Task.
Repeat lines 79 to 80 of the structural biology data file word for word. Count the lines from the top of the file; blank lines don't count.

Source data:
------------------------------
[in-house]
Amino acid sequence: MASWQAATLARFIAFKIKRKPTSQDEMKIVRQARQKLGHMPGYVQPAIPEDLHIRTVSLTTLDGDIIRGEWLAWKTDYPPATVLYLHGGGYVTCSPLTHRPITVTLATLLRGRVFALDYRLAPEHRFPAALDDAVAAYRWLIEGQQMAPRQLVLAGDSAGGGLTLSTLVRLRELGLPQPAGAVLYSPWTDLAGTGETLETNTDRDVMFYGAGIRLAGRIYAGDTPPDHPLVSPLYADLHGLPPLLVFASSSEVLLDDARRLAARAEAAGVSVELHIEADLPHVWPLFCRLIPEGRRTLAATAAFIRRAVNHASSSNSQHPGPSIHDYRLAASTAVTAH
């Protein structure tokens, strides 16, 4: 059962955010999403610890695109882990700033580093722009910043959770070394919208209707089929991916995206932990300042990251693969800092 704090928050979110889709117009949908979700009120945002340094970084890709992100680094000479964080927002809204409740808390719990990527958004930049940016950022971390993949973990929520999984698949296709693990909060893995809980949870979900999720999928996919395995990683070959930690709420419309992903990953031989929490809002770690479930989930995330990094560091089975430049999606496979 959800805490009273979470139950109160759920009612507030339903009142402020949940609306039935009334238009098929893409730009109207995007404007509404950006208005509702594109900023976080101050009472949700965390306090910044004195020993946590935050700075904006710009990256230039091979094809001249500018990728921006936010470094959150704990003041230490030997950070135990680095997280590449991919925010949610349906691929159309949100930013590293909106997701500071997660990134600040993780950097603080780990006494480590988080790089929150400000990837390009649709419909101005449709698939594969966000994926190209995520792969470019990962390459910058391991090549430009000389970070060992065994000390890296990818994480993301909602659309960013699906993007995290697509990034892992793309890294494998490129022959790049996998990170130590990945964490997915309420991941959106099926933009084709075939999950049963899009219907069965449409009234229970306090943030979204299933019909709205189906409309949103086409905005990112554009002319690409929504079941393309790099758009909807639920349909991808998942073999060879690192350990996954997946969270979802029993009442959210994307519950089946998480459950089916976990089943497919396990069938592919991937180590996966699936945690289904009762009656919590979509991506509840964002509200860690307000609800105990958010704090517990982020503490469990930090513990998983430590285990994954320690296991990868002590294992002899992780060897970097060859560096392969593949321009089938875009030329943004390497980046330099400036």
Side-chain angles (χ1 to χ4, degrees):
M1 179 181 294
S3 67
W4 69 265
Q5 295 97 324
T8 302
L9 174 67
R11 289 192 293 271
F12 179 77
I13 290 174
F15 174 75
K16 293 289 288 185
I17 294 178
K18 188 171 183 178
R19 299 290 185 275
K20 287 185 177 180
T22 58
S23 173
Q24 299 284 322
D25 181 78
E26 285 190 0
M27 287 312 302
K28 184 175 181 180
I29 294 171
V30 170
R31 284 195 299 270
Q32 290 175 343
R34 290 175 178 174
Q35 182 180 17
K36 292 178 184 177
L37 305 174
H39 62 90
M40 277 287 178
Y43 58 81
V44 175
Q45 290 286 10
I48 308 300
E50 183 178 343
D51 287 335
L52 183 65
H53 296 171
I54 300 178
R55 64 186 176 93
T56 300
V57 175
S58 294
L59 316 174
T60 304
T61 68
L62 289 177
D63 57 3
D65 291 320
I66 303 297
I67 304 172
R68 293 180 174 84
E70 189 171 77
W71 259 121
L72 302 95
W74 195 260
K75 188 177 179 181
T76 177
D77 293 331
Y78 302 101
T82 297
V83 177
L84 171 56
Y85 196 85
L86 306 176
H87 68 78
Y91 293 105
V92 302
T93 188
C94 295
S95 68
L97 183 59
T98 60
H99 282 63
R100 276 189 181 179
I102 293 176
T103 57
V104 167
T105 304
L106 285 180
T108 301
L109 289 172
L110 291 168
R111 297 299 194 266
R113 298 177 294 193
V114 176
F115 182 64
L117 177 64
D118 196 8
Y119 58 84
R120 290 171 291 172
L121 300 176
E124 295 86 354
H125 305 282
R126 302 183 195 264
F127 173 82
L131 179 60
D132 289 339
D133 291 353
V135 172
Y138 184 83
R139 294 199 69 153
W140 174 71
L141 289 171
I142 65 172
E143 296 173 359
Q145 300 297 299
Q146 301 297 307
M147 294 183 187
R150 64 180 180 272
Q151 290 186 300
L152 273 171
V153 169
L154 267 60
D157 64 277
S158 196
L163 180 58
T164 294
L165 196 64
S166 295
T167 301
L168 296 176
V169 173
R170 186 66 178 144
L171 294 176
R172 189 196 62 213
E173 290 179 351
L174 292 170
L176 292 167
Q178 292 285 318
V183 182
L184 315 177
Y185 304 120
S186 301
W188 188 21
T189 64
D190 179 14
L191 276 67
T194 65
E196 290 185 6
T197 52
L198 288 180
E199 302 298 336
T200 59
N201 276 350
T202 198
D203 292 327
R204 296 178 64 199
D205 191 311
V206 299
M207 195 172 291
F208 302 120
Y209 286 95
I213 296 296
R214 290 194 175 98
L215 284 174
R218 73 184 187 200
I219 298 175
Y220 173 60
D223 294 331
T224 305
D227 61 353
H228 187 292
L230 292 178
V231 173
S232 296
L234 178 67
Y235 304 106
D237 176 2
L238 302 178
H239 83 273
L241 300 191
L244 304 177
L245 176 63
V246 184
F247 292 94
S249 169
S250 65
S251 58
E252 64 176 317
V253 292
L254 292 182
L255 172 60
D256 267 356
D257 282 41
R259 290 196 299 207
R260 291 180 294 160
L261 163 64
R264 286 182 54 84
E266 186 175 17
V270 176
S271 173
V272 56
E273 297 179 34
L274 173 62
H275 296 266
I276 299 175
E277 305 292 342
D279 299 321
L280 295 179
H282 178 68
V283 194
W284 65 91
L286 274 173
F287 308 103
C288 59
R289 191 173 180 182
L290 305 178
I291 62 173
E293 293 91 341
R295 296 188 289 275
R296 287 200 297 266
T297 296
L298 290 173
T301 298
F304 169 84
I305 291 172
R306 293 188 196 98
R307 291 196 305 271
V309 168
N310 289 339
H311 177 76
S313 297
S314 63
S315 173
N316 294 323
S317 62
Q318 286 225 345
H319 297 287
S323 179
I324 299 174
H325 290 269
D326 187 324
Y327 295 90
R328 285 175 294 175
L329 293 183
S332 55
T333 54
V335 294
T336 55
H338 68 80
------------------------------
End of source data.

T98 60
H99 282 63